Roseman explains cutting Henery, rolling with Parkey

Roseman explains cutting Henery, rolling with Parkey

August 31, 2014, 7:00 am
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The Eagles on Saturday decided to cut ties with kicker Alex Henery (left) and keep rookie Cody Parkey. (USA Today Images)

The Eagles lost their only playoff game last year by two points. Their kicker, maligned by the public but generally accurate throughout his career, missed a 47-yarder in the loss.

As Andy Reid once famously said, you can do the math.

But as they enter Year 2 under Chip Kelly and have expectations of going beyond the first round — way, way beyond — it’s significant to note that their new kicker has never, ever, not once attempted an NFL field goal outside of a meaningless preseason game.

Kelly clearly sought to upgrade from Alex Henery, a once-promising fourth-round pick who never fulfilled his potential although also never fell flat on his face. So staunchly did Kelly feel that Henery couldn’t do the job that he handed it over to Cody Parkey, a rookie from Auburn who nailed a pair of pressure-packed kicks from 53 and 54 yards Thursday night against the Jets in his Eagles debut.

It seems fair to call Kelly’s cutting of Henery a seismic leap of faith that the big leg Parkey showcased Thursday night will carry into the regular season. And that Parkey will not only go on to convert 86 percent of his career attempts, as Henery has, but also sink the big ones in the clutch moments that Henery hasn’t.

After all, the sample size on Parkey compared to Henery is exceedingly small. But that’s not the sentiment echoed by general manager Howie Roseman.

“Well, that would be discounting also his college career,” Roseman said Saturday. “I think when you look at that you also have a body of work there. All that goes into the equation.”

So far, Parkey’s body of work consists of five made field goals in five preseason attempts, two with the Colts and all three in his Eagles debut against the Jets. At Auburn, Parkey’s 69 touchbacks led the NCAA last year. He converted 15 of 21 attempts, a 71-percent clip. He made just one of his four kicks of 50 yards but — and this is big — made five of his six (83.3 percent) attempts between 40 and 49 yards.

If he nails 83 percent of his NFL kicks between 40 and 49 yards, then he’ll almost be as good as … Alex Henery, who has made 84.5 percent of his career attempts from 40 to 49 yards.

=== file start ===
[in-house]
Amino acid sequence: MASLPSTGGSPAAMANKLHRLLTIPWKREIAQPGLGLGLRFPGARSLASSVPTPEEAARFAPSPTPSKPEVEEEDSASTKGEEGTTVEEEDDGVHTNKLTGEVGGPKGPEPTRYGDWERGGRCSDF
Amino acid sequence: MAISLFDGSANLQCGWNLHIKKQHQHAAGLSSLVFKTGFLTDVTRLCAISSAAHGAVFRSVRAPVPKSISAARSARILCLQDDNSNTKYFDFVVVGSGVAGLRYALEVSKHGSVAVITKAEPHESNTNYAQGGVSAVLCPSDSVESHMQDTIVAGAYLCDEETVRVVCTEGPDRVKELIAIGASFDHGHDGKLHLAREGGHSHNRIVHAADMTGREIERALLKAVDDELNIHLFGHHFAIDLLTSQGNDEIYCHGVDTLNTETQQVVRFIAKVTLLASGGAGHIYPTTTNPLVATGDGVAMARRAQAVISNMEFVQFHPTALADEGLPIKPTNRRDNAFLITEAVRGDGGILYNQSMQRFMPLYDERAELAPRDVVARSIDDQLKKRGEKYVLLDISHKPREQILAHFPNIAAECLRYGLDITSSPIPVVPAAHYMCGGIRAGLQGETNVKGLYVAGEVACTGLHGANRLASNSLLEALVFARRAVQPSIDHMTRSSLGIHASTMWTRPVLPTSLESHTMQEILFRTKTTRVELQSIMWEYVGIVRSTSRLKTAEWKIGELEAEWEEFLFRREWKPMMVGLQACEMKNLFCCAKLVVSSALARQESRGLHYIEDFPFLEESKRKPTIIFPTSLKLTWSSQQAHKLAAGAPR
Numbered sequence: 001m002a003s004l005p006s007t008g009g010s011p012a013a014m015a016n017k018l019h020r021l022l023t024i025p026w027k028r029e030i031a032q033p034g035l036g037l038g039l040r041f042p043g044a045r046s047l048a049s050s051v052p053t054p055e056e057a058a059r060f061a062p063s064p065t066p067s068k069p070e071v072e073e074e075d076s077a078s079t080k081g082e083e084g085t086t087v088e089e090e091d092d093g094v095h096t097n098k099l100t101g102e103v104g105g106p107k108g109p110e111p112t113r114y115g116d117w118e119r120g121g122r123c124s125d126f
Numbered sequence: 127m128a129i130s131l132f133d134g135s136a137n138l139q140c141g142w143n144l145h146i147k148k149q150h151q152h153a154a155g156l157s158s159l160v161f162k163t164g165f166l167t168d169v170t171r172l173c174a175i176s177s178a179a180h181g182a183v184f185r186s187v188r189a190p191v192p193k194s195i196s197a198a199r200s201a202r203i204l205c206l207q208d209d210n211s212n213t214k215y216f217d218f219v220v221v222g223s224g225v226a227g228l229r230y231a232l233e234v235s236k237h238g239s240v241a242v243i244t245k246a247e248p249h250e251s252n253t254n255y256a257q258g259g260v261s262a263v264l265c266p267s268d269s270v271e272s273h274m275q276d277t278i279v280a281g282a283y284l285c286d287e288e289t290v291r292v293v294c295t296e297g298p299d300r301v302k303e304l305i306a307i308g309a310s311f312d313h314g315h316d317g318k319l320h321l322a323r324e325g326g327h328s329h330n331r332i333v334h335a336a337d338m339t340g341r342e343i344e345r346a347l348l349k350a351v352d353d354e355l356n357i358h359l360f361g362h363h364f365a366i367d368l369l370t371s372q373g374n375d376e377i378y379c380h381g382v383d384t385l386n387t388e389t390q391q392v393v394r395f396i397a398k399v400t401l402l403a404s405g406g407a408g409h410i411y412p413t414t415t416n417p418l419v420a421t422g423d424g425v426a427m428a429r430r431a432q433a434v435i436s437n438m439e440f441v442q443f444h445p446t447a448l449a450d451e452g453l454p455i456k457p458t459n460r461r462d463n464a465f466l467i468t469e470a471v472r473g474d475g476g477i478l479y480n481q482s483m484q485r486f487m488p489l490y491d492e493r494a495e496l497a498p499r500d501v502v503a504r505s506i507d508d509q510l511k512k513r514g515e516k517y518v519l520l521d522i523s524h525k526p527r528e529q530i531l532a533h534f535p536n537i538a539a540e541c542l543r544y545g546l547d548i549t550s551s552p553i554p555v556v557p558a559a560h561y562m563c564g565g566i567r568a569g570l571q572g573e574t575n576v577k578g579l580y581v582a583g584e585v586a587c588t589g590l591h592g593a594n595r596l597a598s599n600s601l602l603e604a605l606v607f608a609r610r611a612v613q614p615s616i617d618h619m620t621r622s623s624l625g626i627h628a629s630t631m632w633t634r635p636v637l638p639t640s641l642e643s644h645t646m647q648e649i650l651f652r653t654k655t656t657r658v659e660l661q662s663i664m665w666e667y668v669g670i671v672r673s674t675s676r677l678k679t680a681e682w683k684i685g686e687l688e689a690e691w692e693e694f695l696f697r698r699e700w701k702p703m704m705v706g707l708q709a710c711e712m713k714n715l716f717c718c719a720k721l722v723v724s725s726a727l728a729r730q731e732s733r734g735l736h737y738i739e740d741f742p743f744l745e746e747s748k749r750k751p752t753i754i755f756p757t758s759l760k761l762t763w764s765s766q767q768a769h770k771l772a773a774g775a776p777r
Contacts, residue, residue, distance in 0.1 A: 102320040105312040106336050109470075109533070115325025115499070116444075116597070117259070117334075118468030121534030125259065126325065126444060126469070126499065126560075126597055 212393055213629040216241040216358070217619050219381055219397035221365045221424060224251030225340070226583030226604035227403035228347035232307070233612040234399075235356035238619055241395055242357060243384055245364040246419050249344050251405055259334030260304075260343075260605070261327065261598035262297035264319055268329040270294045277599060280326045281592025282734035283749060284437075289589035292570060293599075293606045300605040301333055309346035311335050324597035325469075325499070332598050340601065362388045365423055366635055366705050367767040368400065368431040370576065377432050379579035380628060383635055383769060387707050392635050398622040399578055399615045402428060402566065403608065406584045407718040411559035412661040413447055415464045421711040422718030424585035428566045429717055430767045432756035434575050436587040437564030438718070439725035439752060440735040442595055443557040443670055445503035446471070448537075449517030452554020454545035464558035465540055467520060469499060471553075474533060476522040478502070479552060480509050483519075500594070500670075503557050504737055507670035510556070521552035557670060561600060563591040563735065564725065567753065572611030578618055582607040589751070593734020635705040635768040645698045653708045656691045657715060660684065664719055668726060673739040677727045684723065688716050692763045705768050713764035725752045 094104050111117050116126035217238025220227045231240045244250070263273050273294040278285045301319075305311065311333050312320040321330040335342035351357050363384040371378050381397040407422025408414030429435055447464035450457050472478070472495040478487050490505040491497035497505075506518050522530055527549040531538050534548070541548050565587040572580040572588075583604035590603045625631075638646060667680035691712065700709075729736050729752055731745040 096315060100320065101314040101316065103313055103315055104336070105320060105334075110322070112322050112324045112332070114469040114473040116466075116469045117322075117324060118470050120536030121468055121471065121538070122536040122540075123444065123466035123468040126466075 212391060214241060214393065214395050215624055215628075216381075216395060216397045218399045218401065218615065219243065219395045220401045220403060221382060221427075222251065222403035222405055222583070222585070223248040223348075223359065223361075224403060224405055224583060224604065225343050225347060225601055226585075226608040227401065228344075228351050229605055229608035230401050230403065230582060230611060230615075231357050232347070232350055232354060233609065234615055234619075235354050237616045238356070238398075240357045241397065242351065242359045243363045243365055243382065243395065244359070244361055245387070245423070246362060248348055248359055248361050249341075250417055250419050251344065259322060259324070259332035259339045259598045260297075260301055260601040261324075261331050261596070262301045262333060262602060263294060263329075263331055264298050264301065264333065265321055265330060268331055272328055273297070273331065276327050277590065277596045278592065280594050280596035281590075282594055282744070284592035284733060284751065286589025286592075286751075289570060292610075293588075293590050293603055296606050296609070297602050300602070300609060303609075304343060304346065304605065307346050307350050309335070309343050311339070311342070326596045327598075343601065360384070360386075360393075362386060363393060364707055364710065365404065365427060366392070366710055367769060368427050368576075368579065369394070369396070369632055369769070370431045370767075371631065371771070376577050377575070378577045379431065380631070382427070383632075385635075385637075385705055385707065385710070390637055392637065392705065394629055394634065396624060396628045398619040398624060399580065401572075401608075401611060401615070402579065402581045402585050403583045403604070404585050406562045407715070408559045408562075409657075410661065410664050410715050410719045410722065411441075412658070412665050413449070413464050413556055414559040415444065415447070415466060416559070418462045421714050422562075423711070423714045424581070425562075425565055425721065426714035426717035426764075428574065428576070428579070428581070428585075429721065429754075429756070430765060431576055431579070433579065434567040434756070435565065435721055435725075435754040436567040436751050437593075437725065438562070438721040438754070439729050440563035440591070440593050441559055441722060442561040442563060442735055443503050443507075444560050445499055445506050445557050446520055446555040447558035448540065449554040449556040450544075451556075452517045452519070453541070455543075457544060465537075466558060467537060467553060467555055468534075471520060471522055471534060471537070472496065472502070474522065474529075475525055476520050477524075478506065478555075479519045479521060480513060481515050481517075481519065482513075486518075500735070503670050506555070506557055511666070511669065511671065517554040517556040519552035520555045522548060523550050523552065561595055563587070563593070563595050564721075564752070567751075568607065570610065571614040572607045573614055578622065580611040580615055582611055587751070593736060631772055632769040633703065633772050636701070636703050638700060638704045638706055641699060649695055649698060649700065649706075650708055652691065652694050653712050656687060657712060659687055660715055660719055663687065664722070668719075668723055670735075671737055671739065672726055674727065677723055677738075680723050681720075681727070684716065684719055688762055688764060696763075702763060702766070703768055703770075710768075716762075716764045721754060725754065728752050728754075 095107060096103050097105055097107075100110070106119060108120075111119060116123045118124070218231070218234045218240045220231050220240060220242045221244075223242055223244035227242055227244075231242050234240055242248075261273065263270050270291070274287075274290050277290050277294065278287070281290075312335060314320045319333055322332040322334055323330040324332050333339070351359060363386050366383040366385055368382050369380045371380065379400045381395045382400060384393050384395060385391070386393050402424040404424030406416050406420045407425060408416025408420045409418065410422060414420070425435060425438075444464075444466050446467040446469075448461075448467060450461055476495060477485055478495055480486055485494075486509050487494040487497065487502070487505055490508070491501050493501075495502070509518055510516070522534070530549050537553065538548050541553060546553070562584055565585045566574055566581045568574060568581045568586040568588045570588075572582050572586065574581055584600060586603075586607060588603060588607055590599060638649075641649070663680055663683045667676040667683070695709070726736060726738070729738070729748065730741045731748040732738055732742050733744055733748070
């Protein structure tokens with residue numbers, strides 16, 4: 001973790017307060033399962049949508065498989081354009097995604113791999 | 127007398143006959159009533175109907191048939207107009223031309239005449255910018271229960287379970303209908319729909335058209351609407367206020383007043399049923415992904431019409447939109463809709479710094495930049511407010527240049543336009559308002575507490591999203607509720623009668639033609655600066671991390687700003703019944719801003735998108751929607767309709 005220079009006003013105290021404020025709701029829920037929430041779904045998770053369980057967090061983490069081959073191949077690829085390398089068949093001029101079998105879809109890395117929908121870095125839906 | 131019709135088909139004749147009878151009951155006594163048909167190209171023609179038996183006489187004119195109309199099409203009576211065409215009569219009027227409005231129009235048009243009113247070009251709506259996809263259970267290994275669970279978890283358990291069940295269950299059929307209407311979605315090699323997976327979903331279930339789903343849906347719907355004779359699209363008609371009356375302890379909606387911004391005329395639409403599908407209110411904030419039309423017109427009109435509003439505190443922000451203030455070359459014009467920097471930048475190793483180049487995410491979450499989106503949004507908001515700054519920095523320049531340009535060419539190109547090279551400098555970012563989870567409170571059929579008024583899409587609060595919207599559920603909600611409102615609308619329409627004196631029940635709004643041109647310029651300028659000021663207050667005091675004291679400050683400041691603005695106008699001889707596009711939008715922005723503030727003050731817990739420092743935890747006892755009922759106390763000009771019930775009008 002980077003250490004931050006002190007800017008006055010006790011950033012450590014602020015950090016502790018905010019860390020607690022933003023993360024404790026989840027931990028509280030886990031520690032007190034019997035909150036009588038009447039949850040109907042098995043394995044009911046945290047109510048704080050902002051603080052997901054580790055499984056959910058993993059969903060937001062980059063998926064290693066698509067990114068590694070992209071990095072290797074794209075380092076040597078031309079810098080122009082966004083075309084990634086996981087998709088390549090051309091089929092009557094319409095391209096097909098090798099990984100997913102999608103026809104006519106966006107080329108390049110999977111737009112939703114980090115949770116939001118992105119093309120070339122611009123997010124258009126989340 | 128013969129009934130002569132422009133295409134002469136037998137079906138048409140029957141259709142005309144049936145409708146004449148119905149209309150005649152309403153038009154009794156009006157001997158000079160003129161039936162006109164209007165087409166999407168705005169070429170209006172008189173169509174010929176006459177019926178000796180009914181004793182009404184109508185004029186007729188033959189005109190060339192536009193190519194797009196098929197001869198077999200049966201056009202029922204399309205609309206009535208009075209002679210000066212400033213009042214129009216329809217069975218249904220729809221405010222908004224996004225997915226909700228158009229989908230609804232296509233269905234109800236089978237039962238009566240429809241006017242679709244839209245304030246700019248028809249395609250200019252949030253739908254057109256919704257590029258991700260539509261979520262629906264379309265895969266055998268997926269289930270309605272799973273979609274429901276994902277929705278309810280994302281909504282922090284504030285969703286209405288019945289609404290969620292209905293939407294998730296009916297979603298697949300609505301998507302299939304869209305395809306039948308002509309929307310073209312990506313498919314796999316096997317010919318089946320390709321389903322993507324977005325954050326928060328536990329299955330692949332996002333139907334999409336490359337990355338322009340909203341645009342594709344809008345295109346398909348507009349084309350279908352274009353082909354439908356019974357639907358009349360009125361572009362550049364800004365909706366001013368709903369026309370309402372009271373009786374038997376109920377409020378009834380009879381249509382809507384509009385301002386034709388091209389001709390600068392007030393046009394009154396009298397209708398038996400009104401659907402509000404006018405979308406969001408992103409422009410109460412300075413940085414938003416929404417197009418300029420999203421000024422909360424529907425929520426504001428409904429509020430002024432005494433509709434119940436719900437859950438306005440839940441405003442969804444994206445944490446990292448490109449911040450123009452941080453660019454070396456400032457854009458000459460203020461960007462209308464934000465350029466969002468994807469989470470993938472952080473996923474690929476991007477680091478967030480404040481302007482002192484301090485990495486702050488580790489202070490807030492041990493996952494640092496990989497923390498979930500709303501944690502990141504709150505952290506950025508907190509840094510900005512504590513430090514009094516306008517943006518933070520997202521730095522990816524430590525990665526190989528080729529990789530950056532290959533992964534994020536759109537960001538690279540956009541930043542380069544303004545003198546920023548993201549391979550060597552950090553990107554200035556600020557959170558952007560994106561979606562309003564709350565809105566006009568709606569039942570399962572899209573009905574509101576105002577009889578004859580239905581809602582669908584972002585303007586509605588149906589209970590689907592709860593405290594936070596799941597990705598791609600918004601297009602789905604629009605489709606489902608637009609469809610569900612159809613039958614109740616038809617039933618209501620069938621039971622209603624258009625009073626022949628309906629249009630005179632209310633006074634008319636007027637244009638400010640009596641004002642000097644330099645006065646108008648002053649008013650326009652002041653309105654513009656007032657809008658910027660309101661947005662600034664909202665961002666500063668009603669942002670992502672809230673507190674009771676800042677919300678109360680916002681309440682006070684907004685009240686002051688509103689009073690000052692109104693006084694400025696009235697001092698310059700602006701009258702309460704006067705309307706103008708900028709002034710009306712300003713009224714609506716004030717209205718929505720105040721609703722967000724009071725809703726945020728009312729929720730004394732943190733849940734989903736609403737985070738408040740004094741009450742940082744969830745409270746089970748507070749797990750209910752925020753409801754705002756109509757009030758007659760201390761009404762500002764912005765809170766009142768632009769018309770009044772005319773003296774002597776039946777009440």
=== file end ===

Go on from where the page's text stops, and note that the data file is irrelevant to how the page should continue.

“He's got a tremendous leg,” Roseman said. “He’s kicked in big games. He’s built really stoutly. He’s strong. And then you go back and look he was the No. 1 kicker coming out of high school, the Rivals No. 1 kicker. So this isn’t a guy who is just kind of out of nowhere and all the sudden ... he’s been a big-time kicker for a long time.”

Of course, Carey Spear was also a big-time college kicker with a reputation for having a leg of steel. Spear made 81 percent of his kicks at Vanderbilt over his junior and senior seasons, with longs of 54 and 52 yards.

The Eagles signed him as a rookie free agent to challenge Henery for the job in camp. Henery sat back and watched Spear launch one misfire after another in practice. Spear never got the chance to kick in a preseason game and was among the first round of cuts.

Like Spear, Parkey comes from a Southeastern Conference school where cold weather or driving snowstorms aren’t part of the occupational hazards.

So nobody can really say for sure if Parkey is ready to be a full-time NFL kicker, but the Eagles are willing to find out. They watched Henery miss two of three attempts, including a 31-yarder against the Steelers, and ultimately decided that they’d seen enough.

Or did they?

Roseman was asked if the team felt Henery’s confidence was shaken, if the coaches believed Henery had wilted under the competition. It would be out of character for Roseman to throw any of his former players under the bus, but he almost sounded like Henery’s defense attorney.

“Donnie [Jones] made a great point this week when he said … there have been times in his career where he's had a rough stretch,” Roseman said. ”It's like anything else. It's hard to be great every day for a 10-year career or 12-year career. People go into down stretches.

“You see how many times you watch a great baseball player who for a six- or seven-game stretch is hitting .190, but I think you look for the consistency over the course of it and I think those numbers start to even out from a bad game or a bad week.”

Roseman went on to say Henery would find an NFL job again soon and “be successful.”

But they’re moving onto Parkey, at least for a few weeks. If the Eagles are eyeing a veteran on the market, they won’t sign him until after the season has started. That way, they wouldn’t have to guarantee the contract.

Roseman insisted that the Eagles surveyed the entire landscape of kickers after last season, including free agents and scrap-heap veterans. At the time, nobody stood out.

“We looked at everything,” he said. “We looked at everyone who was available. And we looked at Alex. When you look at Alex versus the guys that you're talking about, guys that have been cut a bunch of times, there is really no comparison in his career field-goal percentage and their percentage.”

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